Coronavirus threatens democracy, prominent figures warn
People who care about democracy must defend it, say Madeleine Albright and others.
The future of liberal democracy is under threat because of the COVID-19 pandemic, as even democratically-elected governments have accumulated emergency powers that restrict human rights, several prominent figures argue in an open letter published Thursday.
“Parliaments are being sidelined, journalists are being arrested and harassed, minorities are being scapegoated, and the most vulnerable sectors of the population face alarming new dangers as the economic lockdowns ravage the very fabric of societies everywhere,” says the letter, commissioned by IDEA, a Stockholm-based think tank.
The letter, signed by well-known public figures including former U.S. Secretary of State Madeleine Albright, Nobel Peace Prize winner José Ramos-Horta and Hollywood actor Richard Gere, also says that repression will not help control the virus.
“On the contrary,” it says, “these assaults on freedom, transparency, and democracy will make it more difficult for societies to respond quickly and effectively to the crisis through both government and civic action.”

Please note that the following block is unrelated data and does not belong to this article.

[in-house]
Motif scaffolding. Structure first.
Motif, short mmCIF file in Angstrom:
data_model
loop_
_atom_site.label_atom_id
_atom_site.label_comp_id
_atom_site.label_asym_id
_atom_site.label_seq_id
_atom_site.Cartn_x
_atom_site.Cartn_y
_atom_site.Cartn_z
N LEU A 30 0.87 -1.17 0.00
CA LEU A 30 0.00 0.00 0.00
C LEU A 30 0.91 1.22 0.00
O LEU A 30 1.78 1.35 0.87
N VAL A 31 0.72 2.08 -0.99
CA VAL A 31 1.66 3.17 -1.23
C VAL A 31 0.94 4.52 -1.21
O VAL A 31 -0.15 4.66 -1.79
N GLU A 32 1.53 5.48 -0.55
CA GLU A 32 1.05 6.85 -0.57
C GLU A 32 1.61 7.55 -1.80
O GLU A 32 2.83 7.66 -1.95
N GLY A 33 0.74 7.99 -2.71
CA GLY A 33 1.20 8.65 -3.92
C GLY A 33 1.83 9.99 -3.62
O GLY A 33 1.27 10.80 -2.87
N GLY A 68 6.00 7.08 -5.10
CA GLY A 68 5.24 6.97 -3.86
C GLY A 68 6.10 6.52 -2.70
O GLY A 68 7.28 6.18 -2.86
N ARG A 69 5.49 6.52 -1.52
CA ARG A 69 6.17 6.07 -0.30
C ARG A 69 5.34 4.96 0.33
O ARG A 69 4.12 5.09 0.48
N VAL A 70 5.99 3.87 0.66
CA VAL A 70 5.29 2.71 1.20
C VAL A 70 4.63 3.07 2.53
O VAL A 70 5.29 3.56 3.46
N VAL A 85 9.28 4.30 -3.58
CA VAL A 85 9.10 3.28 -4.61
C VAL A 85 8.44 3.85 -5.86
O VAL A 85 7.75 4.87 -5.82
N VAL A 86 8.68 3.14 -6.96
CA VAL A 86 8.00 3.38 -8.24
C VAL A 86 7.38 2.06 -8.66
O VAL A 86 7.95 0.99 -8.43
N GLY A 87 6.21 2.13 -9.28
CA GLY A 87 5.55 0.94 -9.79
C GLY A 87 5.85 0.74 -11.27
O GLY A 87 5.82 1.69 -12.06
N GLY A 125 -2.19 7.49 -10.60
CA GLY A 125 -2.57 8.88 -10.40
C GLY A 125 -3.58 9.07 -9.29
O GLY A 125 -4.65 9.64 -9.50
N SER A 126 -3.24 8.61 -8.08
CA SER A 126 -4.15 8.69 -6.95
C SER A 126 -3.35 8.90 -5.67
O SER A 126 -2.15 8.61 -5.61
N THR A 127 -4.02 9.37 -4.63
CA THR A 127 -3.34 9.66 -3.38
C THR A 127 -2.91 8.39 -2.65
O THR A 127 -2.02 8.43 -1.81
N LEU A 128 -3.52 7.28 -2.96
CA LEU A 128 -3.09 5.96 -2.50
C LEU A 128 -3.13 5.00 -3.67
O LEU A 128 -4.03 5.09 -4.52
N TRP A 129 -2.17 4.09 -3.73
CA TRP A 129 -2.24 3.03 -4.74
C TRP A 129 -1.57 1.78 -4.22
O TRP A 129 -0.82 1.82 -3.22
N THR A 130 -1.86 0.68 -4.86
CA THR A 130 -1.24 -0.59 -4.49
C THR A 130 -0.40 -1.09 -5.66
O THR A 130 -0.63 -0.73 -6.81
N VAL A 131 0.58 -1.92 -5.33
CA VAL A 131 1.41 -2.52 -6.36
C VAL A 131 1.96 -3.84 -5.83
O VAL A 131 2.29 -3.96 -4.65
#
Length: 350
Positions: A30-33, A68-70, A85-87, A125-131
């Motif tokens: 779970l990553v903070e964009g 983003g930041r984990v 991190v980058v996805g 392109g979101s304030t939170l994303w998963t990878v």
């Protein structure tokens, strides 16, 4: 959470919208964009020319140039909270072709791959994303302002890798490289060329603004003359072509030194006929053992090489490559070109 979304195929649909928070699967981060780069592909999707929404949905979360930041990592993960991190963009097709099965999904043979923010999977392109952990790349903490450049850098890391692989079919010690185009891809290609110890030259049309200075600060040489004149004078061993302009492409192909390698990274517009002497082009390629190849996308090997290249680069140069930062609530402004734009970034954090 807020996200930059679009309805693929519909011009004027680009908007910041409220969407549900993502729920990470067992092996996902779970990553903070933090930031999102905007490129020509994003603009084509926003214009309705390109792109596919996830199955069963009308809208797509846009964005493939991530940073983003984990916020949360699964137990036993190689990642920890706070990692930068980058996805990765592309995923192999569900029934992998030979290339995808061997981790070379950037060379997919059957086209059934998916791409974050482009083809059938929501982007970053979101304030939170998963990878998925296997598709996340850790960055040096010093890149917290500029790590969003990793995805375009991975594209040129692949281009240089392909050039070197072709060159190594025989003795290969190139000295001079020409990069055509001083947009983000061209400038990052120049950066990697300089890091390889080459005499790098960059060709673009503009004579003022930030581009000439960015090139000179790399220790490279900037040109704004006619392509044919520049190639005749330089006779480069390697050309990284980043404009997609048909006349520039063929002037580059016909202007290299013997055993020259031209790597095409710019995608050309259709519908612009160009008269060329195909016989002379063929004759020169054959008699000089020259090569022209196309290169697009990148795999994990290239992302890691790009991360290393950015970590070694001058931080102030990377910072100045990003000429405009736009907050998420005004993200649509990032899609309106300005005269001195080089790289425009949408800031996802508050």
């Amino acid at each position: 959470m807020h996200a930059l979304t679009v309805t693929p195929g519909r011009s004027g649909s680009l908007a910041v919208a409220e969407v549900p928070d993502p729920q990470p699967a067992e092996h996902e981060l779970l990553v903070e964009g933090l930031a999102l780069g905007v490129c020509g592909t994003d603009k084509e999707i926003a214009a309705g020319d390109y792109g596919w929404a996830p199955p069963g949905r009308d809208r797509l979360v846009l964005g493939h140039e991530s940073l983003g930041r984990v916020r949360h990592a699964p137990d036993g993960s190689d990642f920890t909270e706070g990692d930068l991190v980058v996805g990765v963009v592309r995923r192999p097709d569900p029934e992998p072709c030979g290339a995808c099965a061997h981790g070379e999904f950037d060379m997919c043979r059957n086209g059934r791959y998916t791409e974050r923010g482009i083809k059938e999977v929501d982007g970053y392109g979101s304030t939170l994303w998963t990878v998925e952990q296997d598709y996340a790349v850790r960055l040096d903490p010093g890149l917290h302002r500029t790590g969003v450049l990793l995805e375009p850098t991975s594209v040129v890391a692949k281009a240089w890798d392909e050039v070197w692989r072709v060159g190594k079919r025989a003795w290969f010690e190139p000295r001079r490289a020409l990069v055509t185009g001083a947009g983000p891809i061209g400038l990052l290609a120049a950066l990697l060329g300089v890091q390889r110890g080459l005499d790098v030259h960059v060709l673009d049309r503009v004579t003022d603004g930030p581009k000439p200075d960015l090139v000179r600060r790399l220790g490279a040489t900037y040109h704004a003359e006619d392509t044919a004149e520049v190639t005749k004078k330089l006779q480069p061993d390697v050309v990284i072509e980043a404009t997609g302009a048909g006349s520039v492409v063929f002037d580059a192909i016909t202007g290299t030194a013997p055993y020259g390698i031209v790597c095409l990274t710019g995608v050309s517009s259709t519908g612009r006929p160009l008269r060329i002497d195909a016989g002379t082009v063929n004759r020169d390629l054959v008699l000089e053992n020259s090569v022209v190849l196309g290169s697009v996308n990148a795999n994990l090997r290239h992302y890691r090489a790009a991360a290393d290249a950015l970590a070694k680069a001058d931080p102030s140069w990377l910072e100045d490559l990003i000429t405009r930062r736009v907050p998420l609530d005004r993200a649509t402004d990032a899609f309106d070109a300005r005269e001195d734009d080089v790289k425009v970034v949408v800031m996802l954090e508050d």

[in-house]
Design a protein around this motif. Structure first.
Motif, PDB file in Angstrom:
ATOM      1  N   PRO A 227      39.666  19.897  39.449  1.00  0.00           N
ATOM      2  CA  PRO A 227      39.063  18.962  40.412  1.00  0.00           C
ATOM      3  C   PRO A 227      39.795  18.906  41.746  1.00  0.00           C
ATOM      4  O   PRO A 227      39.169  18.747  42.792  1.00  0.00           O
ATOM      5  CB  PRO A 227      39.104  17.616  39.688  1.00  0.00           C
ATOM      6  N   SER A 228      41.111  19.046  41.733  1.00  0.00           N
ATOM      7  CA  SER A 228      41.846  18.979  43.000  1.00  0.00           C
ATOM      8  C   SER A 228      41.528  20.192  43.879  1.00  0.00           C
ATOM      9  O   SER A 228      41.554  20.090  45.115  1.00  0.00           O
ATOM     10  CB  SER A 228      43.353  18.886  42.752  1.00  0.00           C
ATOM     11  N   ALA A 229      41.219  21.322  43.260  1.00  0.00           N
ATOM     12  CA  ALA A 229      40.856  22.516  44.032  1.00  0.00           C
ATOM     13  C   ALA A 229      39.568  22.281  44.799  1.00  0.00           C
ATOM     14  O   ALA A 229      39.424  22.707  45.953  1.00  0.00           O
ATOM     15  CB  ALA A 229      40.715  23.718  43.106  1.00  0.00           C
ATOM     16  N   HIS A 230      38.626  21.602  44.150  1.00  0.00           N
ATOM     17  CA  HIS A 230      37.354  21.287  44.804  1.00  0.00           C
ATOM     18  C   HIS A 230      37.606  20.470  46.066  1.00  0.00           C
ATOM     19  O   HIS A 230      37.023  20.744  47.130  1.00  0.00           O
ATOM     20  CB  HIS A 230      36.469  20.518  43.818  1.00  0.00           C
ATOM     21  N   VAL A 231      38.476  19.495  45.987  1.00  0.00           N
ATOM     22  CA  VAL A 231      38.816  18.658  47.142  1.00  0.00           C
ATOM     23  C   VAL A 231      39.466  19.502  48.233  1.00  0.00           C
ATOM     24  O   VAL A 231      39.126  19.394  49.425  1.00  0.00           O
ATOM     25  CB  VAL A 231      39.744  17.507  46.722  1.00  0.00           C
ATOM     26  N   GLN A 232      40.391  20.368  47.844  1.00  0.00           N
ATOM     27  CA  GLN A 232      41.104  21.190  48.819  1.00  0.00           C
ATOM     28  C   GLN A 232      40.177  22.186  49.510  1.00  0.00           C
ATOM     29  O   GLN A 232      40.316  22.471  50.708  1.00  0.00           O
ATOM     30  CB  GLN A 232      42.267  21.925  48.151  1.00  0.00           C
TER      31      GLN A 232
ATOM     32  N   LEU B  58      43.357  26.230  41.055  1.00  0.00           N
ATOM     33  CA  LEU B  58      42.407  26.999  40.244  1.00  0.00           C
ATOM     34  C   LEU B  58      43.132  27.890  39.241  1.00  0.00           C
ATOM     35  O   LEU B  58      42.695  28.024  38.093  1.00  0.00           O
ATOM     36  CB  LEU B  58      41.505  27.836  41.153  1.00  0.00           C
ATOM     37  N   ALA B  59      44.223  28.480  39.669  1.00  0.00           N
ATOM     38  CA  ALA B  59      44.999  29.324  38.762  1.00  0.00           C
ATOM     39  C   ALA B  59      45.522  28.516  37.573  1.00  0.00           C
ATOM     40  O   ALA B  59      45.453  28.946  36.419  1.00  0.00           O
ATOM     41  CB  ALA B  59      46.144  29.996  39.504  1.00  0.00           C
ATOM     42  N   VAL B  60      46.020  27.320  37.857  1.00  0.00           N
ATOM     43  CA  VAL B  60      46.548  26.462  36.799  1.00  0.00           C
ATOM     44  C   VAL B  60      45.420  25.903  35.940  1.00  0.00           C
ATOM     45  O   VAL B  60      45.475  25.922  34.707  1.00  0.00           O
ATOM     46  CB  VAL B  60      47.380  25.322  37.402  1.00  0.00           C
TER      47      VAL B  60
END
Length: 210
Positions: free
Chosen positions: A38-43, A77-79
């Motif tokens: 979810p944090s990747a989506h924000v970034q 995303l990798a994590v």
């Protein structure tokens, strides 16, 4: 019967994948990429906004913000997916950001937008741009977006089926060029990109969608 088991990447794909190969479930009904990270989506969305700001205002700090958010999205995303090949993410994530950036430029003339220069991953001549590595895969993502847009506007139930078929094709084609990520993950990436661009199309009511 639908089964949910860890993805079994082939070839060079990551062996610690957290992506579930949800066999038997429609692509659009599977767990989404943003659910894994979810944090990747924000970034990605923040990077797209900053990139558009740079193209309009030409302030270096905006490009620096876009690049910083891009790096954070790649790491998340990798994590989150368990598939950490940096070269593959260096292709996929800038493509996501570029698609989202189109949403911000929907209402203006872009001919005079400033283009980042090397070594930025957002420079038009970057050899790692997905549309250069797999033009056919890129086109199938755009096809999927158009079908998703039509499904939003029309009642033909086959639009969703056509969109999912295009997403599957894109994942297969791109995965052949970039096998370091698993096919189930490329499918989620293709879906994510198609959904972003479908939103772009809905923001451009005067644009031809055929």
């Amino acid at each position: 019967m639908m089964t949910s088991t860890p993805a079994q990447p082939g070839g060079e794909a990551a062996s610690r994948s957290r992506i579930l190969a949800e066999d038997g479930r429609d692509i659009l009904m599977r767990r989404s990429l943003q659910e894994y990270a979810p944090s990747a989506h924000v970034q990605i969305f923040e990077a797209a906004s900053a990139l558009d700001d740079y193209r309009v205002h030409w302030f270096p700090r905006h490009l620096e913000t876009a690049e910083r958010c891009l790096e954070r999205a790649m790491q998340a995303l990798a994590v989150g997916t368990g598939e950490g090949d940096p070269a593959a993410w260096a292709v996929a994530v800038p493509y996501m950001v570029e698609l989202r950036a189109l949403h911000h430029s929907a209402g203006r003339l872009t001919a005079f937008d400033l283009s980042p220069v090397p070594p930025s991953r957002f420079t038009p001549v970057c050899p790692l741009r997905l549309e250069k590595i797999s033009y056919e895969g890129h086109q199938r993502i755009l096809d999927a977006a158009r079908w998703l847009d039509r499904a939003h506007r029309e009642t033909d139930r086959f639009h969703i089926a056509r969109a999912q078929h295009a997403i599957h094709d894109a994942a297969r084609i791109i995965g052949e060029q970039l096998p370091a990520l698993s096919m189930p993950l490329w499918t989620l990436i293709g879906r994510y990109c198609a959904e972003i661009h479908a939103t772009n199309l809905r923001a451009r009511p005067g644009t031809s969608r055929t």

To prove their point, the authors drew a connection between China as the starting place of the pandemic and the country’s undemocratic governing system, “where the free flow of information is stifled and where the government punished those warning about the dangers of the virus.”
Notwithstanding “authoritarian propaganda,” the letter continues, democracy is the best system even when societies face a “crisis of the magnitude and complexity of COVID-19” because essential tools to fight diseases, like the free flow of information, are key elements of liberal democracy.
The coronavirus crisis is both a “formidable global challenge” and “an alarming wake-up call,” meaning that people who care about democracy ought to “summon the will … and the solidarity to defend it,” according to the authors.